3. Rates Then Might Have Been Higher Than Rates Now

Four years may not sound like much time. A four-year-old shirt is still a new shirt in our book. But it's enough time for mortgage interest rates to swing widely.

Sure, we've moved through a period of historically low rates to find ourselves somewhere else, but low is relative. It doesn't matter how low today's rates are. What matters is: Are they lower than the rate on your current home mortgage?

A difference of only 1% can be sufficient to make refinancing your home worthwhile.

Try not to add years
If you have 21 years left on your home mortgage, refinance for 21 years to match. Ask the home lender to adjust your term. Adding years would be going backward.

Four years is too long to postpone getting a suspicious mole examined but just right for exploring another mortgage refinance.

4. Your ARM Is Probably Scheduled to Adjust Next Year

Refinancing your home again could be a financially sound way to dodge the impending rate adjustment of an adjustable-rate mortgage.

The most common adjustable-rate mortgage is a 5/1 ARM. This means you will have an initial period of five years (the “5”) when the interest rate is fixed. After five years, you can expect the ARM to adjust once a year (the “1”).

With an ARM, it's unnerving to know that your monthly payments could go up. Life is unpredictable enough without having a question mark looming over your mortgage payments because of the unpredictable nature of an ARM.

You wouldn't mind an automatic adjustment to prevailing market levels if the percentages were dropping, as they were before and during the pandemic. But forecasters today see only higher numbers on the horizon compared to four or five years ago.

Stop paying for mortgage insurance.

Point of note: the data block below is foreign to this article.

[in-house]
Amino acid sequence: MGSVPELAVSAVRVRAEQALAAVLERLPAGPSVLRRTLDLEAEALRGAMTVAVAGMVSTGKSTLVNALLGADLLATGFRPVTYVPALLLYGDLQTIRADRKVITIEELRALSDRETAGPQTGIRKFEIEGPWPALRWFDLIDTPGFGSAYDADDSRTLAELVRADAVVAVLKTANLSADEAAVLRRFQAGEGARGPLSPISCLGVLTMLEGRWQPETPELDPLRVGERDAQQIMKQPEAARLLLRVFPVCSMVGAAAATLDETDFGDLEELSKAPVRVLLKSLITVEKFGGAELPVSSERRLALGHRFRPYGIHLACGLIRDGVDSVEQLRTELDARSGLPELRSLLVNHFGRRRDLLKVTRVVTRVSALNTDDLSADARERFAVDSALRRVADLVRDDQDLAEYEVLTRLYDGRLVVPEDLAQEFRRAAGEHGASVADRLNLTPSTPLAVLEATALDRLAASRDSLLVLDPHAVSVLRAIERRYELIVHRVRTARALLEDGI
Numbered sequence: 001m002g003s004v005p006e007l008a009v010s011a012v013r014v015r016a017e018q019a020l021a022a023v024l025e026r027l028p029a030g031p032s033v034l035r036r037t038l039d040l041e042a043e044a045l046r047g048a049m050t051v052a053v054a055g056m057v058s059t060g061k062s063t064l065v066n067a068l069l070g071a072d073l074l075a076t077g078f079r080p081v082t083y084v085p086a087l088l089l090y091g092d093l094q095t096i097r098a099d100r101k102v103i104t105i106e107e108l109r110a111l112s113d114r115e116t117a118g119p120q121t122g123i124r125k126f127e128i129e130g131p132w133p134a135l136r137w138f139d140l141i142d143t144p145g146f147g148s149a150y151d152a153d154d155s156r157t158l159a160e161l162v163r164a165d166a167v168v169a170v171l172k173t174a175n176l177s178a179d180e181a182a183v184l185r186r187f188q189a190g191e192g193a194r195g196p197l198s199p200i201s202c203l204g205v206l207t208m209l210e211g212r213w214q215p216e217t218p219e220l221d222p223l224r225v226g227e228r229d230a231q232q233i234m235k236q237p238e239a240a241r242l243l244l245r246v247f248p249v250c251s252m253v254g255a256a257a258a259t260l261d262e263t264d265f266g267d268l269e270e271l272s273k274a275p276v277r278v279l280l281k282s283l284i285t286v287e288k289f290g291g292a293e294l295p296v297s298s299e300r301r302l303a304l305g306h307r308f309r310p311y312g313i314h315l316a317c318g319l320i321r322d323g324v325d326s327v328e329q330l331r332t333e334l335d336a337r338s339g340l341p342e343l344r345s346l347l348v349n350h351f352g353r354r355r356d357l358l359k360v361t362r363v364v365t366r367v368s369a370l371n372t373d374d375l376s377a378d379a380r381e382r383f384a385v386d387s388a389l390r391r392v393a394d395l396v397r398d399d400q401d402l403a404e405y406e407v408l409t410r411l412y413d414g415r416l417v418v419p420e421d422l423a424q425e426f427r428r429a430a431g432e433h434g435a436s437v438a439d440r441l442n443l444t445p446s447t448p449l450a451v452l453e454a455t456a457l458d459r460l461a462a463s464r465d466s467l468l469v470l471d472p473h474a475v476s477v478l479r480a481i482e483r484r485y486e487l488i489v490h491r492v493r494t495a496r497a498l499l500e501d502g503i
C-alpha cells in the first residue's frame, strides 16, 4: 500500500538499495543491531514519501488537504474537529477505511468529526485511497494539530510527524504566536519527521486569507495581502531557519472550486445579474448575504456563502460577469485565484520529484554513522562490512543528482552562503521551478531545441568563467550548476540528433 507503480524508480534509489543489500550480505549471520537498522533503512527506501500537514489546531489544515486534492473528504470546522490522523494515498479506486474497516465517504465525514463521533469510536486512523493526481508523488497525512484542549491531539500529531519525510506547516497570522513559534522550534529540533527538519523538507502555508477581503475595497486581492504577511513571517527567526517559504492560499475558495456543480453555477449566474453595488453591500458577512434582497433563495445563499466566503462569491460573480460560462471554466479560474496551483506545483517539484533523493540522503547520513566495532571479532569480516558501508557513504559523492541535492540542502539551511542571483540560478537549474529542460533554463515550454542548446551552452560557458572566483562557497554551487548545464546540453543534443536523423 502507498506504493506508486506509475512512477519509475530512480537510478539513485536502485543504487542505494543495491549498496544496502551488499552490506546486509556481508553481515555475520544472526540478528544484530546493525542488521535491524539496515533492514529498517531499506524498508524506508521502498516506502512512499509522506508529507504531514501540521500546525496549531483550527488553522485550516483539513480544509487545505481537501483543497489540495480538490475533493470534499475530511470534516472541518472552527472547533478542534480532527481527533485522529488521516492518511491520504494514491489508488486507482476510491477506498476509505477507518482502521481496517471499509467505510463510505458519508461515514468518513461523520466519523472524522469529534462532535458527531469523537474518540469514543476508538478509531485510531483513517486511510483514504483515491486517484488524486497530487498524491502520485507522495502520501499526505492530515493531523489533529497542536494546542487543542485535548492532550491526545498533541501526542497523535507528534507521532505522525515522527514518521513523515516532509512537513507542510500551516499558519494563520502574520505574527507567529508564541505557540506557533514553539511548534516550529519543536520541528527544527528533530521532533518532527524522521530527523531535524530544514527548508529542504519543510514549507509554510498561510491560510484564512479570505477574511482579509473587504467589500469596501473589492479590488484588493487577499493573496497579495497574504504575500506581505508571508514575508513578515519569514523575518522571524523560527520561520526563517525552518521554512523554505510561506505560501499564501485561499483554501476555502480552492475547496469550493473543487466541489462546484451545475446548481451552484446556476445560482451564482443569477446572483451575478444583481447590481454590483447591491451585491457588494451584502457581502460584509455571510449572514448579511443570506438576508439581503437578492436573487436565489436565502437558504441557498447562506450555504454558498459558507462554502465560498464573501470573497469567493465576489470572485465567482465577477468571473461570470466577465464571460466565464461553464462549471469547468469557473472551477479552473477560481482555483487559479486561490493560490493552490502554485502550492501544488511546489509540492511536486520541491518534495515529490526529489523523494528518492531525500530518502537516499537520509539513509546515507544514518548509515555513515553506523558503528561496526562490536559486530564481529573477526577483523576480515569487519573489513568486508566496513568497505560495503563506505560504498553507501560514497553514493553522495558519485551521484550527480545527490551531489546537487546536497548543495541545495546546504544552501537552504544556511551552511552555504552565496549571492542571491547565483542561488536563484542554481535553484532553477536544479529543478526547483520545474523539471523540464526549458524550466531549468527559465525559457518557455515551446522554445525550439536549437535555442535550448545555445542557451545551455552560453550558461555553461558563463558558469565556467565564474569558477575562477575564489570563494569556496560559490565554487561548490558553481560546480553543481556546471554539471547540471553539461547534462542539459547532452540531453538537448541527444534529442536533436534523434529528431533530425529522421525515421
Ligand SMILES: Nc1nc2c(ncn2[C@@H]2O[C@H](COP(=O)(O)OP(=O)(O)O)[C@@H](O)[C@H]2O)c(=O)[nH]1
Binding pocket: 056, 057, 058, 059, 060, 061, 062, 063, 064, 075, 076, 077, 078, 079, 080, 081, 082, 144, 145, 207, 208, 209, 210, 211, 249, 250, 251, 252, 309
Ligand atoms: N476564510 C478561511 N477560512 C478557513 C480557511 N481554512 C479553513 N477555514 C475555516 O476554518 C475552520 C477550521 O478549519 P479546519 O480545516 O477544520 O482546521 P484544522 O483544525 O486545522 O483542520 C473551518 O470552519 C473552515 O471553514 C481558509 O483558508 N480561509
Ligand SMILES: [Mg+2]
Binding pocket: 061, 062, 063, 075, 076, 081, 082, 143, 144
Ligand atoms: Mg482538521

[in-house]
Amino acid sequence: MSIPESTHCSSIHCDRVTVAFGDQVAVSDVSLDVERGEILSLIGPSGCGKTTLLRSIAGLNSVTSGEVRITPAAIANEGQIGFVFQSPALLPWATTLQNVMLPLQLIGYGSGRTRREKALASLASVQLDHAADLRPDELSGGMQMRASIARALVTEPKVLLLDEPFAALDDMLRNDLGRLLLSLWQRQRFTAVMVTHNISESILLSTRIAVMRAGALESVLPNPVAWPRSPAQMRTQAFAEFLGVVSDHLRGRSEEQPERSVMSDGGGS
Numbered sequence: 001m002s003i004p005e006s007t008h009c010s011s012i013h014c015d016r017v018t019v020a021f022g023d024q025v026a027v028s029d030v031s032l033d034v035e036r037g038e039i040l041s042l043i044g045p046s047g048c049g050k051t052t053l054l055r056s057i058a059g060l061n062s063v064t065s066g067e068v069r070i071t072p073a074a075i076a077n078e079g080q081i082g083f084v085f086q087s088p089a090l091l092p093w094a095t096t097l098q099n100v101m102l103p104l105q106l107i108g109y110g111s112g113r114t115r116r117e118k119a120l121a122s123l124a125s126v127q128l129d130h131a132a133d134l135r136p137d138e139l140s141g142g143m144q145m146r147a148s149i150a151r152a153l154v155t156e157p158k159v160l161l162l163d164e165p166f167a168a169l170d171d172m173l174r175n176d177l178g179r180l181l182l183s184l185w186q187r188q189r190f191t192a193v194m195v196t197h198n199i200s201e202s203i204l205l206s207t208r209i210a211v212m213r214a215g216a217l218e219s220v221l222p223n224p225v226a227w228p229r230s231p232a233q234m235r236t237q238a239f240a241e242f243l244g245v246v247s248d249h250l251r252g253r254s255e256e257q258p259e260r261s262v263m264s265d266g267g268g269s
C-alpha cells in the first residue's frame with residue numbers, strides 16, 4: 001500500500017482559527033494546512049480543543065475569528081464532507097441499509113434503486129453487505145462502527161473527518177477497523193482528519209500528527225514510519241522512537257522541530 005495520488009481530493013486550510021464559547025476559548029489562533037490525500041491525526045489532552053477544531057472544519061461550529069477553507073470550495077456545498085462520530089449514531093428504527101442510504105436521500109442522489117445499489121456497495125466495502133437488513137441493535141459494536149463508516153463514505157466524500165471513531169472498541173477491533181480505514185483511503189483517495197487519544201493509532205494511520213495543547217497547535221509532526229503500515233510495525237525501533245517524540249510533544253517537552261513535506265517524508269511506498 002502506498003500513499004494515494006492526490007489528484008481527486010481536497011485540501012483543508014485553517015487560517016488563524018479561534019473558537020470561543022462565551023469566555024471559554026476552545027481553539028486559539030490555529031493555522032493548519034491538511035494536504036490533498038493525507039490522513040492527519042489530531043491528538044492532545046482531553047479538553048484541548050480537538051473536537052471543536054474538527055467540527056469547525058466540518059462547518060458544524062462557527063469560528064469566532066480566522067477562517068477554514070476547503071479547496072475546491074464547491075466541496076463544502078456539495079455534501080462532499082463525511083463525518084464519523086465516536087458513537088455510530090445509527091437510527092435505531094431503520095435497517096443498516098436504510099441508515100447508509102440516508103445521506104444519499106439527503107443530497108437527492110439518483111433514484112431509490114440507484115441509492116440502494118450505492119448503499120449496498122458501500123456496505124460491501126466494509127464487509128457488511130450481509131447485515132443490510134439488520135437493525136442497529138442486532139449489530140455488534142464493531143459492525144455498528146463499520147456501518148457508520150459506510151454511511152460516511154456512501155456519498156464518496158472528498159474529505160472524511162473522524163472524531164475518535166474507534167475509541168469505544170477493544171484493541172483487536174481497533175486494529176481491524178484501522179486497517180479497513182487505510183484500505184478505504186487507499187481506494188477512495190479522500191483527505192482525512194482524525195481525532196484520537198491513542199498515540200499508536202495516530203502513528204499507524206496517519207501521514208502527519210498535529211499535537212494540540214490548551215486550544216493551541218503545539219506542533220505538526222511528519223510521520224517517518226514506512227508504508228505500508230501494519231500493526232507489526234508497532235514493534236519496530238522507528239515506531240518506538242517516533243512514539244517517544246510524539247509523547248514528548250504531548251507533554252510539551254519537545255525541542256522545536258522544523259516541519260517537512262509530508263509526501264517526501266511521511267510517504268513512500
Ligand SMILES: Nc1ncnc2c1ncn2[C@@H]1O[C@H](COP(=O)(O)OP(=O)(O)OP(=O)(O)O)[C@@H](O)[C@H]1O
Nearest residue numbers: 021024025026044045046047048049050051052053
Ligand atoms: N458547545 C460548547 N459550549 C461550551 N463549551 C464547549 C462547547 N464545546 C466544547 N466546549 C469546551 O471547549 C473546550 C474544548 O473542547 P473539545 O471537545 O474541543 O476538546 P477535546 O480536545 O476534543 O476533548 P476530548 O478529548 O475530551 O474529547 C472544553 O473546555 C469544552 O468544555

It comes down to owing versus owning.

When you took out the first mortgage, let's say your home was priced at $325,000 and you owed 88% on it because you'd put down 12%. A down payment represents how much of the home you own on day one. After four years you still owe around $265,000 but the home is reappraised at $370,000. Suddenly (if four years can be called sudden), the share you owe the bank has fallen to 72% and you own 28%.

Read the proven ways you can speed up your refi.

As soon as you attain 20% equity in your home, you can ask a lender to cancel your PMI, although you will have to pay for the reappraisal. Once you attain 22% equity in your home, by law the lender must cancel your PMI.

Consider the cash-out refinance option.

Another tremendous bonus of rapidly growing home equity is that it opens the door for you to convert some of your equity to cold hard cash. Here at Rate Simple, we'd love to help you explore your best cash-out refinance options today.

In a Nutshell

Mainly because you want to cover the previous loan's closing costs before refinancing again, four years is the earliest sweet spot. Your savings from the last refi has covered the cost of getting that loan off the ground, and now you can consider another refi to take advantage of your increased equity and a beneficial change in interest rates compared to when you took out the last loan. Furthermore, if you are currently in an adjustable-rate mortgage, refinancing at the four-year mark is a chance to dodge the looming rate increase.